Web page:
The fee will total $12 billion in 2014, $8 billion in 2015 and $5 billion in 2016. That means the per-head assessment would be smaller each year, around $40 in 2015 instead of $63.

It is being assessed on all “major medical” insurance plans, including those provided by employers and those purchased individually by consumers. About 150 million workers, spouses and dependents are covered under employer-sponsored health plans.

Large employers will pay the fee directly. That’s because major companies are usually self-insured, with the health insurance company that workers deal with basically acting as an agent administering the plan.

Unions that operate multi-employer health plans also will pay the fee. More than 20 million union workers and family members are covered by such plans.

These unions and large employers argue that they shouldn’t have to pay the fee because they won’t benefit from the fund.

The AFL-CIO passed a resolution at its convention this year calling for the fee to be repealed. Large employers are fighting the fee, too. But, Young noted, the political atmosphere in Congress, especially when it comes to the health care law, will make it difficult to win any changes.

Comments
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October 28, 2013
Were the Republicans for Obamacare before they were against it, or were they against it before they were for it?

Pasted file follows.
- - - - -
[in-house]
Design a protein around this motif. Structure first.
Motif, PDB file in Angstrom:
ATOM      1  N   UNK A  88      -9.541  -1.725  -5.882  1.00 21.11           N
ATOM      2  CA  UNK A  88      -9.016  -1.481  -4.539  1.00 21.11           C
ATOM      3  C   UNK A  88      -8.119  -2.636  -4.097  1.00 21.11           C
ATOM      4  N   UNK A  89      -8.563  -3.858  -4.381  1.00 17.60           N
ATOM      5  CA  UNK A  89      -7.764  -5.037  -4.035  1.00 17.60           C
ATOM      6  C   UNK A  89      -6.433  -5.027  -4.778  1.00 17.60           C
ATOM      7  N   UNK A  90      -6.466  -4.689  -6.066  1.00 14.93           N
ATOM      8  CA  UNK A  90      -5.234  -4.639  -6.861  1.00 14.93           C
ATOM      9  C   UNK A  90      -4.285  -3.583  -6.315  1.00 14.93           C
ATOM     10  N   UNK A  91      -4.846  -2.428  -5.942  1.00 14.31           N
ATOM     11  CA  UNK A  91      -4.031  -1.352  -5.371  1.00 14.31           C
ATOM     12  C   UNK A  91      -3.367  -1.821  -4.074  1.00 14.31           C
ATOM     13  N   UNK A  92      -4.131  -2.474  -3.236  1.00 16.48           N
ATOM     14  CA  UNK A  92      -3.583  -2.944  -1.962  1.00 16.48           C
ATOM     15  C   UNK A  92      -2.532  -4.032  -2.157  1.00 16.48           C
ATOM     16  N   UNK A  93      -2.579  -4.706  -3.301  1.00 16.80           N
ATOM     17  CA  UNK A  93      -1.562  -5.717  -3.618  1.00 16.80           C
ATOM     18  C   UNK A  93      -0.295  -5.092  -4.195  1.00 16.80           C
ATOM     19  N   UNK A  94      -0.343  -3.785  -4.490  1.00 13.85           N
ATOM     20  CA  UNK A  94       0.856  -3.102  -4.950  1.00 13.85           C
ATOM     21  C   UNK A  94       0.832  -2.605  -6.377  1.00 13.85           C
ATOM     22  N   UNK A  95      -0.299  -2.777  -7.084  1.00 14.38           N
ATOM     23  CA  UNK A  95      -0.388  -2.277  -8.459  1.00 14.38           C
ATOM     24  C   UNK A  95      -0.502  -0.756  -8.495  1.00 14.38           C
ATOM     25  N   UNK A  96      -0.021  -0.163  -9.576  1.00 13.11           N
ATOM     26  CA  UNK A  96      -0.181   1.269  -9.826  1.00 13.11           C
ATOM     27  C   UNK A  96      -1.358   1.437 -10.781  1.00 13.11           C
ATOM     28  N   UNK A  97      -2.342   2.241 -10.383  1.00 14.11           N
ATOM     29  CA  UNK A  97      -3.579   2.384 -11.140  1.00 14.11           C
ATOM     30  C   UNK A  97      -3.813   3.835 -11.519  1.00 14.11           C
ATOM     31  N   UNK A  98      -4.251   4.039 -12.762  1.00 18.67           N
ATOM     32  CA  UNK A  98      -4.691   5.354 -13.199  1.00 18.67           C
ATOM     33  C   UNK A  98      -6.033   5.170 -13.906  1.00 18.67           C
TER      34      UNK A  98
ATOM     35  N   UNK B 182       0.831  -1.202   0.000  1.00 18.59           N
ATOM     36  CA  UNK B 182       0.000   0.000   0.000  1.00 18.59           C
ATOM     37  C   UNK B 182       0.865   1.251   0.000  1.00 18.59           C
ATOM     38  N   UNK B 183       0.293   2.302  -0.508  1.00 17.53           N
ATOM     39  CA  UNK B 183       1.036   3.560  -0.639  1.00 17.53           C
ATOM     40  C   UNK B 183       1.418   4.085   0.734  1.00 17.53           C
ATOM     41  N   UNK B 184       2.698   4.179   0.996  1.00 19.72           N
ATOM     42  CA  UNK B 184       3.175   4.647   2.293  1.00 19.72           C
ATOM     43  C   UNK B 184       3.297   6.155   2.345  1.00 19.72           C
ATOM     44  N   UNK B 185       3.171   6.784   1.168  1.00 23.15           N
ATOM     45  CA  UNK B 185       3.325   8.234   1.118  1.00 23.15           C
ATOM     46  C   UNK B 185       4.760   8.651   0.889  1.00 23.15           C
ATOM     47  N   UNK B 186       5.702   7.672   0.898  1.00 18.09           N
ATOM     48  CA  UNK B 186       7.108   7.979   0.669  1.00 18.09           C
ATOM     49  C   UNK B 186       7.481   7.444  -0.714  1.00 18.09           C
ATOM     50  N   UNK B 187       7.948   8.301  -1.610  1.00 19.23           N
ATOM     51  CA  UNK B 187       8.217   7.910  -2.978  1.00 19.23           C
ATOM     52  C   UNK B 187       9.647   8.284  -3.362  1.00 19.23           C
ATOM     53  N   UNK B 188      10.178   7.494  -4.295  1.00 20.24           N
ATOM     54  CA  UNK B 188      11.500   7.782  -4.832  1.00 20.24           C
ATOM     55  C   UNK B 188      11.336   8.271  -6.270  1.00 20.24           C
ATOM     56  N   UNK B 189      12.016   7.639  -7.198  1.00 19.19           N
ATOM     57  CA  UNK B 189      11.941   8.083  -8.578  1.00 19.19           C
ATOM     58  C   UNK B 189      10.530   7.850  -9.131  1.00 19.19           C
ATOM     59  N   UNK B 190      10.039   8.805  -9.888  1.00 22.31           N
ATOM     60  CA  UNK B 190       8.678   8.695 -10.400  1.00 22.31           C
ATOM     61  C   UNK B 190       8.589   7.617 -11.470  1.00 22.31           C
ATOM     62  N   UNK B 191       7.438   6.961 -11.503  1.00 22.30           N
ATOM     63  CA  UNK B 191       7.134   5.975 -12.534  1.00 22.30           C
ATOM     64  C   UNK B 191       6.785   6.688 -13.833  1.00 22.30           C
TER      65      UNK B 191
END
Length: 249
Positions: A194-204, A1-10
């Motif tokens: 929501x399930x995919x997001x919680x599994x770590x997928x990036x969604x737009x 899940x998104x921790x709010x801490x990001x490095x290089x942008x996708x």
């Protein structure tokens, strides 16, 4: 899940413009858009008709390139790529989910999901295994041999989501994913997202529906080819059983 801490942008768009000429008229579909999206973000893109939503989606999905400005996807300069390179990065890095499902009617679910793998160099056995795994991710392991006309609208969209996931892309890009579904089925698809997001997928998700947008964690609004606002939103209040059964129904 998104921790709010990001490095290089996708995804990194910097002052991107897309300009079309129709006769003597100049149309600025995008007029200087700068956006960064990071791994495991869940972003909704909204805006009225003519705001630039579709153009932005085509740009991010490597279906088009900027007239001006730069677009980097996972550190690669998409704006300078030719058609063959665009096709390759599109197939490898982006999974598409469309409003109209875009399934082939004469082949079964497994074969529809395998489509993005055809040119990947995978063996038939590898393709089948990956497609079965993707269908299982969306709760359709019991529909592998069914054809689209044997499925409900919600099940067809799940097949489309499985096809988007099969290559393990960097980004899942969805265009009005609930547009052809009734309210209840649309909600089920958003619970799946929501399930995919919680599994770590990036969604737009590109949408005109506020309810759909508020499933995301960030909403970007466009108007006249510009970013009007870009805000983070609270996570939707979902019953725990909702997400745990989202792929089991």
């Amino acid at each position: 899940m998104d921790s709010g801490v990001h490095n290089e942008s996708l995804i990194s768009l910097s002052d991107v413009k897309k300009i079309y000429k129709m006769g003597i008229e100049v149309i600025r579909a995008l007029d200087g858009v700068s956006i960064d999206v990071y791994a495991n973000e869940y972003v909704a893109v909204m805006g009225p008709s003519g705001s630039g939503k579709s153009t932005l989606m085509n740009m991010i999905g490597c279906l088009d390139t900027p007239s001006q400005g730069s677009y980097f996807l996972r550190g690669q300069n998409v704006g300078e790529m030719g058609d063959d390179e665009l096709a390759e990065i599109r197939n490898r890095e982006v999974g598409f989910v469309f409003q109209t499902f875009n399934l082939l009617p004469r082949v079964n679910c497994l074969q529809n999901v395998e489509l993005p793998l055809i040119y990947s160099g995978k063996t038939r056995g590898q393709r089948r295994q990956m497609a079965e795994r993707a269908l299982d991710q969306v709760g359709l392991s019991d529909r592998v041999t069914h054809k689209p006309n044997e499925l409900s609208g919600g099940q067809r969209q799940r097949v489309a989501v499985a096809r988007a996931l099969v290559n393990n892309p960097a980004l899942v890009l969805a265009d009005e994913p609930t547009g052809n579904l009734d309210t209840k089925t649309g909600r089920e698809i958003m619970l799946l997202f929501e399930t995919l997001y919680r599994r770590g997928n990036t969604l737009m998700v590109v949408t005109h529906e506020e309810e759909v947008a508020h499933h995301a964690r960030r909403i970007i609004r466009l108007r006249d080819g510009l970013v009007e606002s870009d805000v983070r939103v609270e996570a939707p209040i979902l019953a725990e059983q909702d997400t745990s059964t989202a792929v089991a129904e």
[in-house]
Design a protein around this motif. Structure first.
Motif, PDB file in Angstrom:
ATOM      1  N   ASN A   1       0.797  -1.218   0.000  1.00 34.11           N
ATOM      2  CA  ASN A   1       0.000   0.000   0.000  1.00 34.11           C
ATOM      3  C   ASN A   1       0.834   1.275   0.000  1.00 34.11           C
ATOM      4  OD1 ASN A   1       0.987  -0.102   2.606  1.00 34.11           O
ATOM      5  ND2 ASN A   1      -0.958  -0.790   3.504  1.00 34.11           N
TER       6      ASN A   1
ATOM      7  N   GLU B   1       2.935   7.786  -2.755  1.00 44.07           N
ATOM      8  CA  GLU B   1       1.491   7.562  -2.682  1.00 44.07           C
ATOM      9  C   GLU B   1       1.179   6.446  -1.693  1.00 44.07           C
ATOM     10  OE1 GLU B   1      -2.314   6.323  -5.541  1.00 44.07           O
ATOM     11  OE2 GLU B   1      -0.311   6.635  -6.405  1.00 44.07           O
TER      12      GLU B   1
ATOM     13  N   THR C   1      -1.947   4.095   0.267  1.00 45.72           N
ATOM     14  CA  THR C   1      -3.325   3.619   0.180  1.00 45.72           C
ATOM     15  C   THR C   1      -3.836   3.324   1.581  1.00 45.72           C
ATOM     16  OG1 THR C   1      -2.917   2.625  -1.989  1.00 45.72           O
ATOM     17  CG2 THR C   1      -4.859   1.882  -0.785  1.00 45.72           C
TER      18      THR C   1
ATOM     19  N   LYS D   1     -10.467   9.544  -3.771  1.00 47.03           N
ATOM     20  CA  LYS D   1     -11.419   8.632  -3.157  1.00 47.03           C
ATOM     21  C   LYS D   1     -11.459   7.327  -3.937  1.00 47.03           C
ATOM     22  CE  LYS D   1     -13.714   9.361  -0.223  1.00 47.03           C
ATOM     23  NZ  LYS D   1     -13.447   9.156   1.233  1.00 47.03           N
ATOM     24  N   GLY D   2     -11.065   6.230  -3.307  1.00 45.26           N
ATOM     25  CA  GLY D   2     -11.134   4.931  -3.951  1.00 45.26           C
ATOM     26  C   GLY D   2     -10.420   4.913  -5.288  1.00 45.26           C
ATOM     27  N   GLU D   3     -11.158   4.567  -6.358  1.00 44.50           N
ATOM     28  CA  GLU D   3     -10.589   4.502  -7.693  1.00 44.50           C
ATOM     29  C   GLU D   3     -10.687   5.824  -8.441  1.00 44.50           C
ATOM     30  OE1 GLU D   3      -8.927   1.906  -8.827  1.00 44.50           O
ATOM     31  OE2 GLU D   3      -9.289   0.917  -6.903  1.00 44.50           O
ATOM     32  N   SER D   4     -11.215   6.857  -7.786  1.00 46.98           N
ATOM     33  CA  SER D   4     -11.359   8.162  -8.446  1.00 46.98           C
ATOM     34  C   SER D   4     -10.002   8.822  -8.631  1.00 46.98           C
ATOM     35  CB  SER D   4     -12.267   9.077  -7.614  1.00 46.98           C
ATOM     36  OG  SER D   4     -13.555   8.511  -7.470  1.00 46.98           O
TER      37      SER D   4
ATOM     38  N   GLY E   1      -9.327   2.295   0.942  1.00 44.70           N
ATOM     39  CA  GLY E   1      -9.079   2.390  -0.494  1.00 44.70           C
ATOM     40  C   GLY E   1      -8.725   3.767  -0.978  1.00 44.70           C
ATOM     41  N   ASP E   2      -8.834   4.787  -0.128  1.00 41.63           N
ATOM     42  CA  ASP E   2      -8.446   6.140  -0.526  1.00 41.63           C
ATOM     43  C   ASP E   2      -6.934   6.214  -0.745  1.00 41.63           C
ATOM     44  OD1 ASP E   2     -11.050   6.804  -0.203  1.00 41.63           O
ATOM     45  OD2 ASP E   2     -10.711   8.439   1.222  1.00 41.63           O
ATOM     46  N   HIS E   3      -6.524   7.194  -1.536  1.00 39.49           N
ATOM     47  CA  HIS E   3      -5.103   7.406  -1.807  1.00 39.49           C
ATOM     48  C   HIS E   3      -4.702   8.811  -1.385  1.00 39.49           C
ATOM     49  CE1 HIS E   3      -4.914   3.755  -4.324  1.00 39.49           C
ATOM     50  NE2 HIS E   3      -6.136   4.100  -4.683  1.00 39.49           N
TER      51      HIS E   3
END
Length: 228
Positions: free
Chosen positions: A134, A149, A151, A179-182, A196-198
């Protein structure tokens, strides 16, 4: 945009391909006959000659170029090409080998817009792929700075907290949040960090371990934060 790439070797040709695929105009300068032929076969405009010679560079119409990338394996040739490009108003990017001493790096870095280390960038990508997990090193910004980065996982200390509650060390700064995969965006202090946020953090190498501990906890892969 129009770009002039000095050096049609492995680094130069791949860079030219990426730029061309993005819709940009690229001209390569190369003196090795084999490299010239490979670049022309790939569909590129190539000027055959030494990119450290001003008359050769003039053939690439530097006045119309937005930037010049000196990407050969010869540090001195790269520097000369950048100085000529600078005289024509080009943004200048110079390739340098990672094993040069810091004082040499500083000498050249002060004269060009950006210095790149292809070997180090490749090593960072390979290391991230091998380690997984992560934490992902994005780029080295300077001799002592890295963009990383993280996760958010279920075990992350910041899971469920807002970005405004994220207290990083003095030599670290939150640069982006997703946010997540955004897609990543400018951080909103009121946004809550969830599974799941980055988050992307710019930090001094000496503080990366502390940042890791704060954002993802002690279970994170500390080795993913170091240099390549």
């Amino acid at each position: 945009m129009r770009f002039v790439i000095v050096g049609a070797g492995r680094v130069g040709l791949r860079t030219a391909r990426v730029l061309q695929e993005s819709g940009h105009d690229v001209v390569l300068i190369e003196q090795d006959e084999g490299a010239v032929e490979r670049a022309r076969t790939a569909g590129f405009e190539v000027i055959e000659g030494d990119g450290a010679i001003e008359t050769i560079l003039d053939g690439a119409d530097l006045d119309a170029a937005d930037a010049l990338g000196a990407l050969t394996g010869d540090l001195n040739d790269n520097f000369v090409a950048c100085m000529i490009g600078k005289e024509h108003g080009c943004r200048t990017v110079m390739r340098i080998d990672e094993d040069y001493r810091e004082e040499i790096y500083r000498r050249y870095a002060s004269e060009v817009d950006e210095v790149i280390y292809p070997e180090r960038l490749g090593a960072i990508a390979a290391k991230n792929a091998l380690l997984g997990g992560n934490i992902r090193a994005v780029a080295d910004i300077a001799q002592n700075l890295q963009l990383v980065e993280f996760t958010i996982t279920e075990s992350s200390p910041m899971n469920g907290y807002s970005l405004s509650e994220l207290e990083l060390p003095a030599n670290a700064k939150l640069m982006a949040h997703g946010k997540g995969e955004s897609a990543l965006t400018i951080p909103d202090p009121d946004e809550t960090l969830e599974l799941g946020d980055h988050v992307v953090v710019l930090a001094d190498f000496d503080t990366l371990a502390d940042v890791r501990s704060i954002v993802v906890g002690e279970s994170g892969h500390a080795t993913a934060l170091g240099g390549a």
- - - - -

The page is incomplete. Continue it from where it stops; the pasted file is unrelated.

Don't they realize every flip flip on the issue in their sorry attempts to make Obama/care look bad simply backfire?

I thought it wouldn't be possible, but the Republicans discredit themselves further with every step they take!

Obamacare is definitely experiencing a rough take off, but so far it's roughest on the Republicans, and it's because they seem to be intentionally driving their private corporate jets through every bit of turbulence they can find!!!
anonymous
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October 28, 2013
That’s why Saturday Night Live gave such a ringing endorsement maybe you could just go to the V.A. hospital hope you don’t get infected!
FROM TEXAS
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October 28, 2013
Can you say minority set a side bid seems the Michelle Obama’s college roommate got a no bid contract for the Obama Careless website? You know $700, 0000.00 for a one million dollar website sounds just like stuff that goes on in Detroit or D.C. with Marion Berry.
COBB CSI
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October 28, 2013
Careful what you ask for you wouldn’t want to be called a racist would you. The state controlled media never ask the great Czar Obama how and who was going to pay for this. The real racism is the same people that have always paid the working middle class white, black, Hispanic and Asians that’s who; the middle class has all but disappeared the average family can’t afford a car that cost more than $20,000.00. Health care was one of your last free rights once government takes it over you have lost all control no more Cokes and Ding Dongs we will decide what’s best for you. Ted Cruz isn’t looking too bad now!!